Some of the early game cards and the optional Battle Cards are open spaces that you do not have to think too hard, especially on Normal. However, the Story Battles offer a variety of card layouts – from pirate ships to a seemingly lava-filled cave – where you need to think about where your units will be in the next turn and in multiple moves. Many of them have different routes, enemies coming at you from different angles, optional treasures that you can hunt, and other quirks that require you to split your group or change your equipped classes to suit the situation. Thieves can, for example, open chests and doors without a key, while flying units do not suffer any damage from the ground that is on fire.
The depth of the strategy in these elements really radiates on the Hard difficulty level. But above all in connection with Divine Pulse, another ability that can only be used to a limited extent. With Divine Pulse, you can rewind the time to repeat all or part of the fight, usually when one of your units dies. Rewinding with Divine Pulse shows how important the placement of units and the selection of attacks can be, as even minor changes can affect or interrupt the encounter. It's also just a nice quality of life feature when playing in classic mode, where units that die in combat are lost forever and can no longer fight or train. You can still do a soft reset from time to time, but it's great if you can fix a bug right away and look forward to instant gratification when the task is well done.
Fighting is of course only part of life in the monastery. The backbone of Three Houses is the monthly school calendar. If you enjoy organizing things, planning ahead or attending school in general, this can be the most exciting part. On Sundays, there are free time activities that you can use in four ways: exploring the monastery, participating in secondary battles, holding a seminar to improve your students' skills, or time off. Monday is a lesson where students are selected from a list and some of their skills are selected to improve them. The rest of the week passes automatically, with a professor's sprite going through the calendar, occasionally stopping because of random events or story cut-scenes. It sounds a bit uncomplicated, but there is a lot to think about, and the structure from week to week rather than day to day keeps things moving and you never have to wait too long to make progress.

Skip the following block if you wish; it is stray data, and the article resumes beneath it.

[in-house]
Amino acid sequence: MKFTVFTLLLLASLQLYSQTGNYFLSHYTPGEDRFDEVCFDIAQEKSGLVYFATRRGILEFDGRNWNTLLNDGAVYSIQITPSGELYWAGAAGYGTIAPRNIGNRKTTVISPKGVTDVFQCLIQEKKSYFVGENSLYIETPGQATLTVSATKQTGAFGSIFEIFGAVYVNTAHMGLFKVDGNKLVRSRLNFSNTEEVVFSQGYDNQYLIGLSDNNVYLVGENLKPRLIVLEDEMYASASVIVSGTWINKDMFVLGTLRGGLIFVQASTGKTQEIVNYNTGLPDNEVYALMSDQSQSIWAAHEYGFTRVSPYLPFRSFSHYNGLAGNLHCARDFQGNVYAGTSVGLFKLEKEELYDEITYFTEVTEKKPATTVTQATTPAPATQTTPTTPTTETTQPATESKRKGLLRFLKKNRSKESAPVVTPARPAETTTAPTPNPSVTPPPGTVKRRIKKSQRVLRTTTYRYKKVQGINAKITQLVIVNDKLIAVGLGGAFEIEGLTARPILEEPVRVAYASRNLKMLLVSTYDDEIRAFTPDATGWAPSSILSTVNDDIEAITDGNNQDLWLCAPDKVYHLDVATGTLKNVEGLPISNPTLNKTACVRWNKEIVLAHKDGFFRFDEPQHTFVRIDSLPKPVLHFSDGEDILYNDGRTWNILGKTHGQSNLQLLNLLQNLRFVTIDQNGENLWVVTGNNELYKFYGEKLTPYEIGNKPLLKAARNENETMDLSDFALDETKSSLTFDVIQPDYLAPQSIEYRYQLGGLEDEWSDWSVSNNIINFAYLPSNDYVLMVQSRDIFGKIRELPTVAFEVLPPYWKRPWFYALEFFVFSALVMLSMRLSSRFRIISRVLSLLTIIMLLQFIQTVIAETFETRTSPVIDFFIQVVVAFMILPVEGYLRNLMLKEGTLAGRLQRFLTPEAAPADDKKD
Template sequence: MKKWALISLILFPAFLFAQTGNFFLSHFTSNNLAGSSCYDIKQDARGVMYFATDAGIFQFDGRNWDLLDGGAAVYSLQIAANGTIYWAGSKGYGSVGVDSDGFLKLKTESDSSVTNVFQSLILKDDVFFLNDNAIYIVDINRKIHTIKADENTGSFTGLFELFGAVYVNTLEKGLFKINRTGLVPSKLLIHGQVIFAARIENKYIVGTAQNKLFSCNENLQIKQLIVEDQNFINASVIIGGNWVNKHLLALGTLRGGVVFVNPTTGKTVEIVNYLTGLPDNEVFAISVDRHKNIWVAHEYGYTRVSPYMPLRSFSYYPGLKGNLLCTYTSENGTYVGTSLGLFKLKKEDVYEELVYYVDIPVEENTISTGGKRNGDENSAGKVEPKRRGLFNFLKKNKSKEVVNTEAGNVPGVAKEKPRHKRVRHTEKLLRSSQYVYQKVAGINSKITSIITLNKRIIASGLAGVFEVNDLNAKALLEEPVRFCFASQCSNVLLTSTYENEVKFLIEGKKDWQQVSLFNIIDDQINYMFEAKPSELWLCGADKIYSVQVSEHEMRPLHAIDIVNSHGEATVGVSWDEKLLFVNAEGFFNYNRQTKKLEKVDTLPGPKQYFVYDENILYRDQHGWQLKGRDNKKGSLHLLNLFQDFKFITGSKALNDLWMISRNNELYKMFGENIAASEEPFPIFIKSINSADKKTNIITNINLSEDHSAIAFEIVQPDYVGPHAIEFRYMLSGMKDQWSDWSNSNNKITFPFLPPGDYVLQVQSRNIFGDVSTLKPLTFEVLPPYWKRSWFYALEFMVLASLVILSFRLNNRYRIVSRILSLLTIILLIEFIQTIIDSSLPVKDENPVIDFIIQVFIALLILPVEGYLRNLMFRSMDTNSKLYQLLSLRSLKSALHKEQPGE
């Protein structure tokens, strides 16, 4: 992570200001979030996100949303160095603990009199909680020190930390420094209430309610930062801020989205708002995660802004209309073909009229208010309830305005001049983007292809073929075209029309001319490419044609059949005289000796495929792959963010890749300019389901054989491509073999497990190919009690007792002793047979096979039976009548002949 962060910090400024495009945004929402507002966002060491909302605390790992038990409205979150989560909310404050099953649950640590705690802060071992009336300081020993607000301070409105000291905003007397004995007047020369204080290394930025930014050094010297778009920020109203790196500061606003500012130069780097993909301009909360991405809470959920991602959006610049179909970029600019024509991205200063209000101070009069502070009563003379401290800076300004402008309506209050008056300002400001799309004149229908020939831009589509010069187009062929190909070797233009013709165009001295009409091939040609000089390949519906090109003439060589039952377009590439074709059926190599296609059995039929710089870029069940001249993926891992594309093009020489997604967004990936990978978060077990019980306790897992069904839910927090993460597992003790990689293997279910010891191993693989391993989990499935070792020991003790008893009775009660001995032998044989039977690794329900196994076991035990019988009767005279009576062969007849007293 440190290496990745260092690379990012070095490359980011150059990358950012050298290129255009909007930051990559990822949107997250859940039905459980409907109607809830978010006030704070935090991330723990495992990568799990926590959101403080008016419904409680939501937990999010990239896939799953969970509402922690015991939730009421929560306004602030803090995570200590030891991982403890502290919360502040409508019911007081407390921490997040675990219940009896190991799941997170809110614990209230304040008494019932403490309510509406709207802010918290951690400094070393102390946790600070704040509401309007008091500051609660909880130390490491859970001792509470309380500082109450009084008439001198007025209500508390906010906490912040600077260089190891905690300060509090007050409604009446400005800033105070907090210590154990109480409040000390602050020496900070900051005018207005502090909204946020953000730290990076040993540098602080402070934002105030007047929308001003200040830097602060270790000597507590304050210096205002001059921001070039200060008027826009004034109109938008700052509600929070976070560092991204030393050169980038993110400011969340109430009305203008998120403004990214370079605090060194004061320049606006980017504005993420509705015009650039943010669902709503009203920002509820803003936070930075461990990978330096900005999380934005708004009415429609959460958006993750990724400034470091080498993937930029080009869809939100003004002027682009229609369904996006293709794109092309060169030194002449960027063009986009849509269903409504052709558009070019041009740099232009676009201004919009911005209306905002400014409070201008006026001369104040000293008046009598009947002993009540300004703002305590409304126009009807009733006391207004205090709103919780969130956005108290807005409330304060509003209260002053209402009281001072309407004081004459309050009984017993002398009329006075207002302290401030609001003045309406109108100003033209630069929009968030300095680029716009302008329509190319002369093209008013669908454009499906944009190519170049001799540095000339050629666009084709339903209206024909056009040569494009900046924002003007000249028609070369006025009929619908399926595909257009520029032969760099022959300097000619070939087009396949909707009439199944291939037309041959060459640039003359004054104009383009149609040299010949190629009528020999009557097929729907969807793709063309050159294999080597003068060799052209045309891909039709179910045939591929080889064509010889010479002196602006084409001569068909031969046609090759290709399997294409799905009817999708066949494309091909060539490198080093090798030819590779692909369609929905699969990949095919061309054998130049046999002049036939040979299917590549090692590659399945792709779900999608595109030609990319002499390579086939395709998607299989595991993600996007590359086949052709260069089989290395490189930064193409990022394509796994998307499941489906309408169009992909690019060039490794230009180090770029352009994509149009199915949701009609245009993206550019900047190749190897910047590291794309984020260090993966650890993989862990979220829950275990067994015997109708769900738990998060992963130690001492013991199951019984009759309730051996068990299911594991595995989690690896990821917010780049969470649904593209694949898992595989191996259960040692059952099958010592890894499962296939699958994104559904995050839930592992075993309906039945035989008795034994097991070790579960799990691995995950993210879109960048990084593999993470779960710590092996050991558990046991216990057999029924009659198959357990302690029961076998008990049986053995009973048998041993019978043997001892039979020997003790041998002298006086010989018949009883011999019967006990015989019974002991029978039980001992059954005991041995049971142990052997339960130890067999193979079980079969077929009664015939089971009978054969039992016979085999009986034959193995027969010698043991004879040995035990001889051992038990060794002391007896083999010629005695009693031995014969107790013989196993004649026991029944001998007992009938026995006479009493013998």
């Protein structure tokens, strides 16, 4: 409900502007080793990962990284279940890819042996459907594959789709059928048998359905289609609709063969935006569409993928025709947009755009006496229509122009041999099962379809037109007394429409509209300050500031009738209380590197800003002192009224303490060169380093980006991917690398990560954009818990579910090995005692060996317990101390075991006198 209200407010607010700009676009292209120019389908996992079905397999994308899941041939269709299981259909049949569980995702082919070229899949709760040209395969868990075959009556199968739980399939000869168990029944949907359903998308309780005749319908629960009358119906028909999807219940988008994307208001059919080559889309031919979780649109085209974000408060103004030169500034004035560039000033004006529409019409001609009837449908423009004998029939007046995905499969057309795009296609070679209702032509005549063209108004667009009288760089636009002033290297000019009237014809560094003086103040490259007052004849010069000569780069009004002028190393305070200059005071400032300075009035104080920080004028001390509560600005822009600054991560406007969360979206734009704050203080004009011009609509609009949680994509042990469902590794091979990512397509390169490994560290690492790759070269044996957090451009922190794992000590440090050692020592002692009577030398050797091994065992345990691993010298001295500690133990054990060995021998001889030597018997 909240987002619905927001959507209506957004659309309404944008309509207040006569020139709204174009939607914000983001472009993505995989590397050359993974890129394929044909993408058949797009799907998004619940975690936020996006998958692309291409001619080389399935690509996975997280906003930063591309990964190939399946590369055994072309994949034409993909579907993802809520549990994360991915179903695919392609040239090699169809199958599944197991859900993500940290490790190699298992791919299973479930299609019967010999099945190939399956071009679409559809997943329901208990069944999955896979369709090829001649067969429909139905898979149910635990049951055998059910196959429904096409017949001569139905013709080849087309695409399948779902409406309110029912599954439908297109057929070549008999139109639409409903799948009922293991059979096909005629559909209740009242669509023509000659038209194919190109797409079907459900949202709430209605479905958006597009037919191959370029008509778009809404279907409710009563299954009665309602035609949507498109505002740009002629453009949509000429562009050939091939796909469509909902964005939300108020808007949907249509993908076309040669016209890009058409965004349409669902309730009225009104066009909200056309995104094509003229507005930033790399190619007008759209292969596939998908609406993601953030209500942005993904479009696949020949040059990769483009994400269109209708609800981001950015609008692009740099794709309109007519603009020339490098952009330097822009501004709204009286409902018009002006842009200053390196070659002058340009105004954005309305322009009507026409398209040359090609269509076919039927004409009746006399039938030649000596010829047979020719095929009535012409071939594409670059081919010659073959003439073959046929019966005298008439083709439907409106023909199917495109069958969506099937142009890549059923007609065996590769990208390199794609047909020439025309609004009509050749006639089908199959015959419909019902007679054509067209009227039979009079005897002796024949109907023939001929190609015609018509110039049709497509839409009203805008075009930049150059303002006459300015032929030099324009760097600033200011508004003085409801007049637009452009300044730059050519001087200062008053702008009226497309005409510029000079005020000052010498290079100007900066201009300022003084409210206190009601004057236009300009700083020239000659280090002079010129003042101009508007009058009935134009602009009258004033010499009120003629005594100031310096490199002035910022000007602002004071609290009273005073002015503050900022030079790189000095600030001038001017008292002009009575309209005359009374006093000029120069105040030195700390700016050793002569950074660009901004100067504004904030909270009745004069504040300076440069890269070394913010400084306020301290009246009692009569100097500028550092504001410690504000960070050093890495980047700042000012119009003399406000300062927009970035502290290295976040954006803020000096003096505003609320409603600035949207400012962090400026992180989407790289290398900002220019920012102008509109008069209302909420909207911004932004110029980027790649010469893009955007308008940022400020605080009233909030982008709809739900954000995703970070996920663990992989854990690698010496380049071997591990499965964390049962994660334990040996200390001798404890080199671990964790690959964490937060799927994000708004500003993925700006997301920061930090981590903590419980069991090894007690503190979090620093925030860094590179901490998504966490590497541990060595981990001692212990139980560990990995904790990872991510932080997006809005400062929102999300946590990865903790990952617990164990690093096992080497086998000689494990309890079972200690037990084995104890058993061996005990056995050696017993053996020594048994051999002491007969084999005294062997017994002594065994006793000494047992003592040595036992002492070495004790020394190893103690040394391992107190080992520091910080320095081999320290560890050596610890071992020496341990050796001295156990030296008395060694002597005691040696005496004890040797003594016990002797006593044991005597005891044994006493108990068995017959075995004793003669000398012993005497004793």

The predictable structure of each month – and the fact that you can see the entire monthly plan with pre-listed events – provides the foundation for effective planning. All of the time management can be overwhelming, at least at first sight. You'll need to keep track of your students' abilities and learning goals, their own abilities, all student inventory and various other displays and menus as you plan forthcoming lessons and fights. But you are confronted with an almost constant stream of positive reinforcement as these counters fill up week by week and your students improve their skills. They always move on to the next: the next level, the next skill you need to develop, the next month, and what may develop.
To complement this, your activities in exploring the monastery (and how many) battles you can participate in are limited by activity points. The higher your "professor level", the better it gets. This means that you must balance activities that improve your professor's level with activities that help your students grow. Activity points also keep the month moving at a healthy pace, and you do not spend too long on a Sunday. Seminars and days of rest only devour the whole day without consideration of activity points that can resolve the more complicated weeks and provide their own benefits.